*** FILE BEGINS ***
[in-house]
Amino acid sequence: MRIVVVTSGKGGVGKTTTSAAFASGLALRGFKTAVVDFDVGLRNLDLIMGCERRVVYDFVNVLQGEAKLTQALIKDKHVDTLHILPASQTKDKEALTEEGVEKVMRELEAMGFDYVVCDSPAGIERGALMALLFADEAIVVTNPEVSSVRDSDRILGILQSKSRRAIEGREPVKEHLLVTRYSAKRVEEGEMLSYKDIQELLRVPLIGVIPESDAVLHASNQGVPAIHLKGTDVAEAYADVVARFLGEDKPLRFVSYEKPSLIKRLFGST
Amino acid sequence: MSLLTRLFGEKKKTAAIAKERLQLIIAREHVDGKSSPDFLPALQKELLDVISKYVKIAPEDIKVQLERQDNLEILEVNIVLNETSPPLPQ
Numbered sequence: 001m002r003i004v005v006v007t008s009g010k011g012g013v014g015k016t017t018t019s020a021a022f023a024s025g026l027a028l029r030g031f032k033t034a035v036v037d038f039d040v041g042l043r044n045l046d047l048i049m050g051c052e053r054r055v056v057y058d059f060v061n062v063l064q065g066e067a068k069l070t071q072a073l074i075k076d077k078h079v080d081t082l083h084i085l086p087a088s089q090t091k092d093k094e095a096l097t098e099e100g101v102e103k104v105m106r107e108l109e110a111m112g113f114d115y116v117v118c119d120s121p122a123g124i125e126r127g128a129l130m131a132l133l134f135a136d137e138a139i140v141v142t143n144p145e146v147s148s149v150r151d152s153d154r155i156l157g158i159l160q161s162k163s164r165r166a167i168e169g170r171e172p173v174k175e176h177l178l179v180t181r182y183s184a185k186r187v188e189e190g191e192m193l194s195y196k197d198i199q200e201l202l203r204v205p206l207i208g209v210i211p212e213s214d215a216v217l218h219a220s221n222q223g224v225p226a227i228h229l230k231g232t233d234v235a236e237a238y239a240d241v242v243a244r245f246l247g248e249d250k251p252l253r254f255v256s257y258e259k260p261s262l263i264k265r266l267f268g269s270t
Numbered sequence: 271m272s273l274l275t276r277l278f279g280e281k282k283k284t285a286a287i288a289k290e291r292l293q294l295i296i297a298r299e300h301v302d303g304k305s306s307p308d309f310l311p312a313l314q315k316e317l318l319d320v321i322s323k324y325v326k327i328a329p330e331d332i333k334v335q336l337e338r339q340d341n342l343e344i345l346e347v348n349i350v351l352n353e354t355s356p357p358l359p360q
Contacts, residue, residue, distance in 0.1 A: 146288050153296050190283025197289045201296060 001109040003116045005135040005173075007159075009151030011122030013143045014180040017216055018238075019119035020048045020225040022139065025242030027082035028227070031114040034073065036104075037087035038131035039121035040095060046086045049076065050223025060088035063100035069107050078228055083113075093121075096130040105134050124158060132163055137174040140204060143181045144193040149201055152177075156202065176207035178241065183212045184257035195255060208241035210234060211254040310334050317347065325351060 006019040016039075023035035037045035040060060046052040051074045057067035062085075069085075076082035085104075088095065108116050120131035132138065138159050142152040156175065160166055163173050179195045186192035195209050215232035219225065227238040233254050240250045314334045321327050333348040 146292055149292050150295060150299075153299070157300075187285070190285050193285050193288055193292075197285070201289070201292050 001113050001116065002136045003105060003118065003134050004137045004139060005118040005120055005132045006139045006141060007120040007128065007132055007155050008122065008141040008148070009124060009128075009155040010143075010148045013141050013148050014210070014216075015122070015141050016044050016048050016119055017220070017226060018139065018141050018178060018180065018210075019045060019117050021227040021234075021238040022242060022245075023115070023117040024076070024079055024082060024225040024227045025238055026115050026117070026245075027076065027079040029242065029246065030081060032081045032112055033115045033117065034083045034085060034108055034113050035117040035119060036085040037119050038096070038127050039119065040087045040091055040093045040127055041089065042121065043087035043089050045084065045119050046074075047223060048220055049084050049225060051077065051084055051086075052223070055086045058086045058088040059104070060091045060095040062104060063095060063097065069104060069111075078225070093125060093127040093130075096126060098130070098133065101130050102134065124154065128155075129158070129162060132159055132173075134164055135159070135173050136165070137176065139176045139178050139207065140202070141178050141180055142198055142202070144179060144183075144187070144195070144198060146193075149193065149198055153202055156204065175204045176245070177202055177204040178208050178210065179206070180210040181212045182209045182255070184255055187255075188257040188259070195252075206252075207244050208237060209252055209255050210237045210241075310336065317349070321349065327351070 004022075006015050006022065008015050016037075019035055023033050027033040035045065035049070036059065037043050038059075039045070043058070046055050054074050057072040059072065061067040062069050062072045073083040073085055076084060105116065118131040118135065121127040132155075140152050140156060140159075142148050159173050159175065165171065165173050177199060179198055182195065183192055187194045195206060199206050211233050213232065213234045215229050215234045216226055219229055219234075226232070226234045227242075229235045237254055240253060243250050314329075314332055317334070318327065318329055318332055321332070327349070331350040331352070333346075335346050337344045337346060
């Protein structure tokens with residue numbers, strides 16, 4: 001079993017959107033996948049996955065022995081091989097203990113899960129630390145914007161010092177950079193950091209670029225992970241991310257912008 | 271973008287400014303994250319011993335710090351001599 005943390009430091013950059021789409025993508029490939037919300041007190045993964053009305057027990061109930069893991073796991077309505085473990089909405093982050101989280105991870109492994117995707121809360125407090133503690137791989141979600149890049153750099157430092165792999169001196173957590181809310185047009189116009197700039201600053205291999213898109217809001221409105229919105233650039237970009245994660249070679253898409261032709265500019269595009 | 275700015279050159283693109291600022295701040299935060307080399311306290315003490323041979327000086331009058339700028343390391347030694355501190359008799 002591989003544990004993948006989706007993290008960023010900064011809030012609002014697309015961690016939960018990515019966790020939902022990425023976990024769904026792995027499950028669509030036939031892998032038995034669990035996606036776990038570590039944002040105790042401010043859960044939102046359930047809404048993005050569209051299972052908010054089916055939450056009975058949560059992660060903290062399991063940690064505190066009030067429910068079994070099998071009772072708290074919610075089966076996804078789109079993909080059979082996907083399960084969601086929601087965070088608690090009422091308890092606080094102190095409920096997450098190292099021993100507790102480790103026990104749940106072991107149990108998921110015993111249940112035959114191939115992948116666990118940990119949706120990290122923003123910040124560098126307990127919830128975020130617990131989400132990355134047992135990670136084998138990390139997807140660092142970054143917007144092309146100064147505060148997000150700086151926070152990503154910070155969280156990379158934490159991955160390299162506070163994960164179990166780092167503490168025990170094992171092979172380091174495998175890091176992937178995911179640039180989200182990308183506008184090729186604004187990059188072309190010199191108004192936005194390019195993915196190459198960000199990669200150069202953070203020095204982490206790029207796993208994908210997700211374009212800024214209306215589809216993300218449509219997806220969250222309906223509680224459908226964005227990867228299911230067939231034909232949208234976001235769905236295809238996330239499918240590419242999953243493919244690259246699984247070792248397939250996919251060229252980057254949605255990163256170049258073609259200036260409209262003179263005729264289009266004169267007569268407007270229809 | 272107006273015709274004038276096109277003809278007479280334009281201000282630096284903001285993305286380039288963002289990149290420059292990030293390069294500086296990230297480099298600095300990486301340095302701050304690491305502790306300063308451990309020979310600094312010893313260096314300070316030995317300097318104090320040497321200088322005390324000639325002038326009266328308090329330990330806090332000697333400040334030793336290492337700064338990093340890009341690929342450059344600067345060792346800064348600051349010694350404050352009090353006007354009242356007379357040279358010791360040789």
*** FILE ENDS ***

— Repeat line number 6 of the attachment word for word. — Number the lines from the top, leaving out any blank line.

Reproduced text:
Contacts, residue, residue, distance in 0.1 A: 146288050153296050190283025197289045201296060 001109040003116045005135040005173075007159075009151030011122030013143045014180040017216055018238075019119035020048045020225040022139065025242030027082035028227070031114040034073065036104075037087035038131035039121035040095060046086045049076065050223025060088035063100035069107050078228055083113075093121075096130040105134050124158060132163055137174040140204060143181045144193040149201055152177075156202065176207035178241065183212045184257035195255060208241035210234060211254040310334050317347065325351060 006019040016039075023035035037045035040060060046052040051074045057067035062085075069085075076082035085104075088095065108116050120131035132138065138159050142152040156175065160166055163173050179195045186192035195209050215232035219225065227238040233254050240250045314334045321327050333348040 146292055149292050150295060150299075153299070157300075187285070190285050193285050193288055193292075197285070201289070201292050 001113050001116065002136045003105060003118065003134050004137045004139060005118040005120055005132045006139045006141060007120040007128065007132055007155050008122065008141040008148070009124060009128075009155040010143075010148045013141050013148050014210070014216075015122070015141050016044050016048050016119055017220070017226060018139065018141050018178060018180065018210075019045060019117050021227040021234075021238040022242060022245075023115070023117040024076070024079055024082060024225040024227045025238055026115050026117070026245075027076065027079040029242065029246065030081060032081045032112055033115045033117065034083045034085060034108055034113050035117040035119060036085040037119050038096070038127050039119065040087045040091055040093045040127055041089065042121065043087035043089050045084065045119050046074075047223060048220055049084050049225060051077065051084055051086075052223070055086045058086045058088040059104070060091045060095040062104060063095060063097065069104060069111075078225070093125060093127040093130075096126060098130070098133065101130050102134065124154065128155075129158070129162060132159055132173075134164055135159070135173050136165070137176065139176045139178050139207065140202070141178050141180055142198055142202070144179060144183075144187070144195070144198060146193075149193065149198055153202055156204065175204045176245070177202055177204040178208050178210065179206070180210040181212045182209045182255070184255055187255075188257040188259070195252075206252075207244050208237060209252055209255050210237045210241075310336065317349070321349065327351070 004022075006015050006022065008015050016037075019035055023033050027033040035045065035049070036059065037043050038059075039045070043058070046055050054074050057072040059072065061067040062069050062072045073083040073085055076084060105116065118131040118135065121127040132155075140152050140156060140159075142148050159173050159175065165171065165173050177199060179198055182195065183192055187194045195206060199206050211233050213232065213234045215229050215234045216226055219229055219234075226232070226234045227242075229235045237254055240253060243250050314329075314332055317334070318327065318329055318332055321332070327349070331350040331352070333346075335346050337344045337346060